Buried Alive

Houdini was fascinated with the idea of doing a stunt in which he would escape being buried alive. But he had trouble developing the idea into a practical feat.

His first attempt was an elaborate stage escape that would see him strapped in a straitjacket, sealed in a casket, and buried under "tons of sand" inside a large locked vault. Houdini said he first performed the effect in 1908 in Berlin. While he created a colorful poster advertising the escape in 1914 (right), it's unclear if he ever performed it at this time.

In 1918, Houdini planned to bring a new version of Buried Alive to the New York Hippodrome revue show Everything. But an injury he sustained while making a movie that year prevented him from performing it.

In 1919, Houdini submitted to an outdoor test in California where he was manacled and buried in a "grave" six feet deep. As he struggled to free himself, he became exhausted and called for help. But he could not be heard. He struggled on, and when his hand finally broke the surface, he was pulled unconscious from the grave by his assistants. Houdini recorded in his notes: "I tried out 'Buried Alive' in Hollywood and nearly (?) did it. Very dangerous; the weight of the earth is killing."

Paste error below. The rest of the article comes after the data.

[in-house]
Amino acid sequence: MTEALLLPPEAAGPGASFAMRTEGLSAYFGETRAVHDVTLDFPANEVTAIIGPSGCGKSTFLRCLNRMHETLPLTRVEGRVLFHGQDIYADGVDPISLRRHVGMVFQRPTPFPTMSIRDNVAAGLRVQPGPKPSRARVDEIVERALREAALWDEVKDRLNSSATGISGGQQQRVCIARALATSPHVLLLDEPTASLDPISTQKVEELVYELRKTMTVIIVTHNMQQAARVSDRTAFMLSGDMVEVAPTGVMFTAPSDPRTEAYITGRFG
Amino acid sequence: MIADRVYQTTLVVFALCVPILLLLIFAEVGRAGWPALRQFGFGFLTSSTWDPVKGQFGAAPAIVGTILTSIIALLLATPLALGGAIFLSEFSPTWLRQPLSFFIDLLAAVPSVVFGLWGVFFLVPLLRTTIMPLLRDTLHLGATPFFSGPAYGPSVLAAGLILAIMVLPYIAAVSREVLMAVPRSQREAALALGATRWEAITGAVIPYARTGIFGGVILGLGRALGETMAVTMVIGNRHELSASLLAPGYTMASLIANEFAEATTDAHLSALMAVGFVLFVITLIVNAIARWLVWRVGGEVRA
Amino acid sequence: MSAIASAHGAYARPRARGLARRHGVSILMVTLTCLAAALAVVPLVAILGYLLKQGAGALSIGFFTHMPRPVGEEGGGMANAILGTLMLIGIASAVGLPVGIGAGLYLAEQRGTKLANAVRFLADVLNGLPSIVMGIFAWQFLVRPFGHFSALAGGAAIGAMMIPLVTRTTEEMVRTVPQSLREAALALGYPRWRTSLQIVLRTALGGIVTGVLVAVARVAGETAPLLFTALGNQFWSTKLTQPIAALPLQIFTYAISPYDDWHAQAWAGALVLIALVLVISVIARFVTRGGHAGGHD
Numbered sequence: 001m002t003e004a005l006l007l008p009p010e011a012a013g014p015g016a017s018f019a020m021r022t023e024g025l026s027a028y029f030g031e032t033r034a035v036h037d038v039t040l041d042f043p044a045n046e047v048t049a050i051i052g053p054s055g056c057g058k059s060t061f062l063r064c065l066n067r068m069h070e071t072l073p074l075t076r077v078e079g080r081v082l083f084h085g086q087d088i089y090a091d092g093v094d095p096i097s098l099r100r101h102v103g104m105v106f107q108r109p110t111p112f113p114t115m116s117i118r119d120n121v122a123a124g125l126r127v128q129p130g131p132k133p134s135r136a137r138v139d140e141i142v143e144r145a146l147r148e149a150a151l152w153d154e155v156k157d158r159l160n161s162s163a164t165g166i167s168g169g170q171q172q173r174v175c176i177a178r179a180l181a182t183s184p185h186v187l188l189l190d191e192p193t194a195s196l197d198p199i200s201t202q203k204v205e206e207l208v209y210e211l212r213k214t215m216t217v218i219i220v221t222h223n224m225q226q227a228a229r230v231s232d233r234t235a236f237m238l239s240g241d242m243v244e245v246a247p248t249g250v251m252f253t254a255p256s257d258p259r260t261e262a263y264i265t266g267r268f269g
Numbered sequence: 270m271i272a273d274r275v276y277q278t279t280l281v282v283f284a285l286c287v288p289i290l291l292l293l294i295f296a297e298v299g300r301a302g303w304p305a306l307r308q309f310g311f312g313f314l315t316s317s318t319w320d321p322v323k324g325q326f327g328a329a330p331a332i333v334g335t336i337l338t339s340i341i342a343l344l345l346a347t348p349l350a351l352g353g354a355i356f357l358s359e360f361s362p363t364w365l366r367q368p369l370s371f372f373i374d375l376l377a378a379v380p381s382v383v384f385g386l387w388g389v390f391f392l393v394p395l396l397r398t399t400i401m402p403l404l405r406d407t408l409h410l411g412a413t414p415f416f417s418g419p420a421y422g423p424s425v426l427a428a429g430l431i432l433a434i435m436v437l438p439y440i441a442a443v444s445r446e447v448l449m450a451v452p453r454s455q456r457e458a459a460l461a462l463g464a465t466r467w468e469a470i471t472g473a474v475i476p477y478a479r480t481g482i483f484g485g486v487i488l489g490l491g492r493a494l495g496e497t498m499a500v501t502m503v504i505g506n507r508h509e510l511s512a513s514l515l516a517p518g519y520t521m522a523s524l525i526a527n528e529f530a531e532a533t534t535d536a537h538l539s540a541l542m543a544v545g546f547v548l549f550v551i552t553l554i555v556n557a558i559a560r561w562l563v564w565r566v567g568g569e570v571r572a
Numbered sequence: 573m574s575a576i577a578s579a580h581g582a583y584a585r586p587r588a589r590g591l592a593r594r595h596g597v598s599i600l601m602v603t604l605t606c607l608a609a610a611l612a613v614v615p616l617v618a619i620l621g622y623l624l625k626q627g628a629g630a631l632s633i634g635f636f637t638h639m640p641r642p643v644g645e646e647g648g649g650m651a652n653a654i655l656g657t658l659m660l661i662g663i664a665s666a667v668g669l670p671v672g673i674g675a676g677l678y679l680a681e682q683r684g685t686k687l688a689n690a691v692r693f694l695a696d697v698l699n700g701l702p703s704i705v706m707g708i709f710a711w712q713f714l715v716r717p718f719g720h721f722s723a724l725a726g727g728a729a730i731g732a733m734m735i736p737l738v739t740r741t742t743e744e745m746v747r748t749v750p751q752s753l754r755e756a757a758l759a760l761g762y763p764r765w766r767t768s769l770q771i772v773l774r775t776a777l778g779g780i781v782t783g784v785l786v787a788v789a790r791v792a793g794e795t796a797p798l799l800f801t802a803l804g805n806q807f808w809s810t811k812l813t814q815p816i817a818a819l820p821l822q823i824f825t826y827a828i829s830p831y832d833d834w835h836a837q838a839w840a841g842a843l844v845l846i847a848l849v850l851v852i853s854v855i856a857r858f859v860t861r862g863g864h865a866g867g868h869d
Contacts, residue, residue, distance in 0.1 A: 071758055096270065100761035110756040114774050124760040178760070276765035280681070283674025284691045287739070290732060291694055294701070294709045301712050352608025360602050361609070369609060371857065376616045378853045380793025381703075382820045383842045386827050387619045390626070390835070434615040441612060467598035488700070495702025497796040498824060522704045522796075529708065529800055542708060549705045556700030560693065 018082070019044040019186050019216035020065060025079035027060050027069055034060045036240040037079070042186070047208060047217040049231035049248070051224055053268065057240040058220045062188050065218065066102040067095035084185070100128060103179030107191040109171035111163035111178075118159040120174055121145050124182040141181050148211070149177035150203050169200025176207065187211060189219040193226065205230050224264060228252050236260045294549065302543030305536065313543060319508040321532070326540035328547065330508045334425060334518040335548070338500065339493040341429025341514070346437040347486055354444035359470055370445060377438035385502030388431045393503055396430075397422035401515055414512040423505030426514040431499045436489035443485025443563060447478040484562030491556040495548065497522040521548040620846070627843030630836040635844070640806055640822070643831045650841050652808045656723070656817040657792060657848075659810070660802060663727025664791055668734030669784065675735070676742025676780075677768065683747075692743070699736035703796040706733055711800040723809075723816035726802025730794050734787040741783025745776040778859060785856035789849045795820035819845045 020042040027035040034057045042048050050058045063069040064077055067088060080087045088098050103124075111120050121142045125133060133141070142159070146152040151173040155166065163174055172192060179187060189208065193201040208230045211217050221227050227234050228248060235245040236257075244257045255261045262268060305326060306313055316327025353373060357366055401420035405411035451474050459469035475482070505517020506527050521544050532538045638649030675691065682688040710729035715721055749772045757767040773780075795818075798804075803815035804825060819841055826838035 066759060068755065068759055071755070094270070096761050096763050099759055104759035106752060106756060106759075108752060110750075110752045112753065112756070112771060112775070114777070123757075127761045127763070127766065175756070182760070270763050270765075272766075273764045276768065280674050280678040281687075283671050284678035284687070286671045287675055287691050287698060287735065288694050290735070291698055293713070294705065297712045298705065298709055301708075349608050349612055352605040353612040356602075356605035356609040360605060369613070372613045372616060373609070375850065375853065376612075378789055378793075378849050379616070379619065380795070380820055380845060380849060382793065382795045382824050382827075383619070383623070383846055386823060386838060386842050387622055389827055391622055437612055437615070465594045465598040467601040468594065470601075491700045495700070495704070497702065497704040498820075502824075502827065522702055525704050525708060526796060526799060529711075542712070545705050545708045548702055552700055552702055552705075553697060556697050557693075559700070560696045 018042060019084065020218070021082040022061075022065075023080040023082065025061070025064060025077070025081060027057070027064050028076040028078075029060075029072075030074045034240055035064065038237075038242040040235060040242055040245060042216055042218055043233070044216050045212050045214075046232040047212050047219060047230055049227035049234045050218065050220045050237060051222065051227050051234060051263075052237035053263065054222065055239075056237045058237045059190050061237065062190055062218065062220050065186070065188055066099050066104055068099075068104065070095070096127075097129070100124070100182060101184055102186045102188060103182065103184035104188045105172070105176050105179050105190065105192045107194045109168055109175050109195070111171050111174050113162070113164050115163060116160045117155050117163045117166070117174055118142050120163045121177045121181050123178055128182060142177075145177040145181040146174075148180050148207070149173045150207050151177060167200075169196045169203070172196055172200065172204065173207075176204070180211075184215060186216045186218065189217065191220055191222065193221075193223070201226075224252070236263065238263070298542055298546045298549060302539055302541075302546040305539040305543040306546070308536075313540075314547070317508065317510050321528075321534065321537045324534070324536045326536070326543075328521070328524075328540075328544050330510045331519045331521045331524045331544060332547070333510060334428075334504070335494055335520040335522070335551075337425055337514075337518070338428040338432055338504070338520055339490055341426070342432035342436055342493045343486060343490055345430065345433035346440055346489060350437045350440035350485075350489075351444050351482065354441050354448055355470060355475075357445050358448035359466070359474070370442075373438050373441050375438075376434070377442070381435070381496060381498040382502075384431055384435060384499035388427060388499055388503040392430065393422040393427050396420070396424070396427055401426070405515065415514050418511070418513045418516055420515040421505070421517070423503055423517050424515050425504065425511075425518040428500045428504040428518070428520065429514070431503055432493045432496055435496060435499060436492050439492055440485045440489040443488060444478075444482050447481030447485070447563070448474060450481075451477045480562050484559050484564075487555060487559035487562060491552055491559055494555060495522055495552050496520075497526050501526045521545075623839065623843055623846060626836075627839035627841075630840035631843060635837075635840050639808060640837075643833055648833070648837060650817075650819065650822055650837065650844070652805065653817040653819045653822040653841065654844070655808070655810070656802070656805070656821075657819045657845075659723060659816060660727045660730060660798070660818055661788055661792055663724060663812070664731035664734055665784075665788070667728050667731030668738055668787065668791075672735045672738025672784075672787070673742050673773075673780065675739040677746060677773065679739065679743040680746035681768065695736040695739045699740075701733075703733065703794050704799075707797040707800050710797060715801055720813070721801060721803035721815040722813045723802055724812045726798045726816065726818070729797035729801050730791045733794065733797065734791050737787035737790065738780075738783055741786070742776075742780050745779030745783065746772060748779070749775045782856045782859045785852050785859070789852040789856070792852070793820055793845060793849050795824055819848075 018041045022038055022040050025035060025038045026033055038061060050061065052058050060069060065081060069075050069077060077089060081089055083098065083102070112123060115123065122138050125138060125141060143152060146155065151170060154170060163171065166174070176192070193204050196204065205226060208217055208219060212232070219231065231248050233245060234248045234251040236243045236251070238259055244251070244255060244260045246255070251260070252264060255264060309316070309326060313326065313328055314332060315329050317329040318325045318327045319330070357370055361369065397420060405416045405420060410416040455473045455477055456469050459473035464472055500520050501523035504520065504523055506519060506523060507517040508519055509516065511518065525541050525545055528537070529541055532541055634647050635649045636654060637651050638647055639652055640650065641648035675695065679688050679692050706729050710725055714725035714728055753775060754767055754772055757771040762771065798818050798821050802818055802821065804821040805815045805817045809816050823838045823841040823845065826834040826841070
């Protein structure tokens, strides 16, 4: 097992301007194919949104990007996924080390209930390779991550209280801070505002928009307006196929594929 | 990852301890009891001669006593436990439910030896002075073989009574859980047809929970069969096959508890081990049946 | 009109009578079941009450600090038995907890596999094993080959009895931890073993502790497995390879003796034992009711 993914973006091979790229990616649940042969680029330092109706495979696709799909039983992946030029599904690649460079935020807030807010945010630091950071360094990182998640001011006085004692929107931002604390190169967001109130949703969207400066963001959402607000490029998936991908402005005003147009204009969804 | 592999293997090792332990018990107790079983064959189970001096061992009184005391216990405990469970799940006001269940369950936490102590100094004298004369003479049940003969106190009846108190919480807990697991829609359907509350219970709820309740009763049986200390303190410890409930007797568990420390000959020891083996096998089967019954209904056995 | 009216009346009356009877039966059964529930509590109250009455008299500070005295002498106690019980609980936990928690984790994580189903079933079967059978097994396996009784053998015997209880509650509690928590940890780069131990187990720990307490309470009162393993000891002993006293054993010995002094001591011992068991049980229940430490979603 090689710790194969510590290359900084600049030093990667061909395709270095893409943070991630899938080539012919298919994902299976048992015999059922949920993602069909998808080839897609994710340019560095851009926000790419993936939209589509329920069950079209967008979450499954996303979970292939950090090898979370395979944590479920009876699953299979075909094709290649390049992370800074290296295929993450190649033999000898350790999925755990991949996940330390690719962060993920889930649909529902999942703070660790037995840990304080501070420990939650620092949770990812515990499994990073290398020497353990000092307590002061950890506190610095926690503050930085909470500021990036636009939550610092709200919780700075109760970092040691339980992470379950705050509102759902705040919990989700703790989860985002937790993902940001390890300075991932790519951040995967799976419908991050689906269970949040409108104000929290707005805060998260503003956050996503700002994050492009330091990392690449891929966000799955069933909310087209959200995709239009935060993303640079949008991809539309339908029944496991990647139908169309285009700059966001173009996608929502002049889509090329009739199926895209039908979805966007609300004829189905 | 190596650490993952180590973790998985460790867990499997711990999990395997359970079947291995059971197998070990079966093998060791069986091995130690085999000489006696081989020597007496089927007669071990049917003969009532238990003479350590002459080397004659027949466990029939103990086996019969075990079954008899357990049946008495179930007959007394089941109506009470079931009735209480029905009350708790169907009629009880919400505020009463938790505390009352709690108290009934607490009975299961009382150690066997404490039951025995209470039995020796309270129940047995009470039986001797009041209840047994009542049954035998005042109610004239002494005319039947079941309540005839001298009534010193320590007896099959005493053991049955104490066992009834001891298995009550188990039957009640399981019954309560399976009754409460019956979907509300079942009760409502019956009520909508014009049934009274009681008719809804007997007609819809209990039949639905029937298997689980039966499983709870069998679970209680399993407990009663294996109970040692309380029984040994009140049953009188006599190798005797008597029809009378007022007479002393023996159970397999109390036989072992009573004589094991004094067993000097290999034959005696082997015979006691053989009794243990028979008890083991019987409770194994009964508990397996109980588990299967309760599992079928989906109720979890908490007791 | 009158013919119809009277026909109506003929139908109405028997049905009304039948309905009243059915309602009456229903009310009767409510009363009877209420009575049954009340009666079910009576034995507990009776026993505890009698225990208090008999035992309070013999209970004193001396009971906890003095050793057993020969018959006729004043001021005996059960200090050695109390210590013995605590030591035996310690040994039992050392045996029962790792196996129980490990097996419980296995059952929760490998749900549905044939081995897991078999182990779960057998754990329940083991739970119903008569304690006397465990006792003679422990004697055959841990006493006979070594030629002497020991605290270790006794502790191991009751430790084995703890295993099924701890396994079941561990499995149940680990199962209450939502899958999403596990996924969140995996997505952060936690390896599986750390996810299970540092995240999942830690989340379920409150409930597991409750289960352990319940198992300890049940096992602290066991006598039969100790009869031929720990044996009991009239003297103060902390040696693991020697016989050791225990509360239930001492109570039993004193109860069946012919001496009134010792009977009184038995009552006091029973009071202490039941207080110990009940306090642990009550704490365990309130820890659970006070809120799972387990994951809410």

In 1926, Houdini performed a buried alive endurance test to expose Rahman Bey, a mystic who claimed to use supernatural powers to remain in a sealed casket for an hour. Houdini bettered Bey by remaining in a casket submerged in the swimming pool of New York's Hotel Shelton for 91 minutes. He repeated the feat at the Worcester YMCA on September 28, 1926. He did a third test out of water at Summerfield's Furniture Co. in Worcester on September 30, 1926.

Riding the success and publicity generated by the Shelton test, Houdini decided to revive his stage-bound version of the Buried Alive ("Egyptian Fakirs Outdone!"). Many sources say Houdini never performed the stunt, but this is untrue. Houdini performed his Buried Alive at the Majestic Theater in Boston and Worcester in late September 1926.

It's likely the Buried Alive would have become a regular feature of Houdini's "3 Shows in One" during its 1926-27 Coast to Coast tour. But Houdini died in October of 1926. His body was reportedly buried in the casket he used for his Buried Alive escape.